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Let's just take your story

through to remind people.

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You were a journalist for the BBC

for a very long time, and

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you were there particularly

on the screen, as many people will

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remember, at the very beginning

of Newsnight, which was a

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difficult birth, which you described

in great detail there.

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And then of course you got

the job you really

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wanted and didn't expect to get,

which was running BBC World Service.

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Now, where do you think it sits

in the panoply of, you know,

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broadcasting in the modern era?

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Well, there is absolutely

no question that the

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trust that audiences had for the BBC

World Service was higher than for

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anybody else, and the voice of

America and all that would tend to

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get larger audiences

and that was probably

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because they were more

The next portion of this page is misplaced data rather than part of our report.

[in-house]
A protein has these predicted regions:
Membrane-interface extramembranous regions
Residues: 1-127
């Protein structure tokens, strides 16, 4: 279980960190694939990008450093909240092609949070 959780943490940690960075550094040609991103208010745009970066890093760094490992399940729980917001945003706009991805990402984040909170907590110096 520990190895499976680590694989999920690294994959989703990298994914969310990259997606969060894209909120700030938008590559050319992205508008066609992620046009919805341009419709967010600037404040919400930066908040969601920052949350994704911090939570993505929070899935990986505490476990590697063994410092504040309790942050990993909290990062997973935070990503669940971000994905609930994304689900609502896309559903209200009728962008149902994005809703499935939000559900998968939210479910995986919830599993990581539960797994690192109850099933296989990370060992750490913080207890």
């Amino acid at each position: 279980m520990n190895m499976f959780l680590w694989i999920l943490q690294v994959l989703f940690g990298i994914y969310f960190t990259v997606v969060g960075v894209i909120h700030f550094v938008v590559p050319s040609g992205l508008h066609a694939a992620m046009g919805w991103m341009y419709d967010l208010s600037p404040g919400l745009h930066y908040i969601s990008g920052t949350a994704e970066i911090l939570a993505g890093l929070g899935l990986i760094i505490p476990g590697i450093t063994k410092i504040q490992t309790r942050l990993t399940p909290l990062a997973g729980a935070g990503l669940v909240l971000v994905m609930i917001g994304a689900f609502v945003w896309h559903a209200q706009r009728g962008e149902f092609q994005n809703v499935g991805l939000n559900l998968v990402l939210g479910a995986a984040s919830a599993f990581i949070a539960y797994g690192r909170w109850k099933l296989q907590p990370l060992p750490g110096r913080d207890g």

propagandistic, and people

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liked that.

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That was fine, but audiences knew

what they were doing.

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But the trust level

of the BBC World Service

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was greater than for any other

broadcaster, and when communism

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fell, almost all the world's

broadcasters, certainly the ones in

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the Communist block, just collapsed.

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And even the Voice of America and

Liberty and Radio Free Europe lost

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their purpose because there was no

longer a propaganda war to fight.

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But BBC World Service continued,

because what we always

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said was, "We are giving information

to audiences," and that was

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true then and I think

it is true now.

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There's an interesting other side

of the coin that you pointed in

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your story that when Government

ministers said, "Well, why can't all

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the BBC be like the World Service?"

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The source code for the fact that

they didn't like the BBC, because it

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was saying things about Government

that they didn't approve of.

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This was mortifying,

and also a lot of

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Government ministers, BBC governors,

when they were giving the board of

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management at the BBC

a particularly hard

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time, and then saying,

"But of

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course, the World Service

is marvellous," and I hated that.

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The World Service

being held up as some

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sort of goody-goody bit of the BBC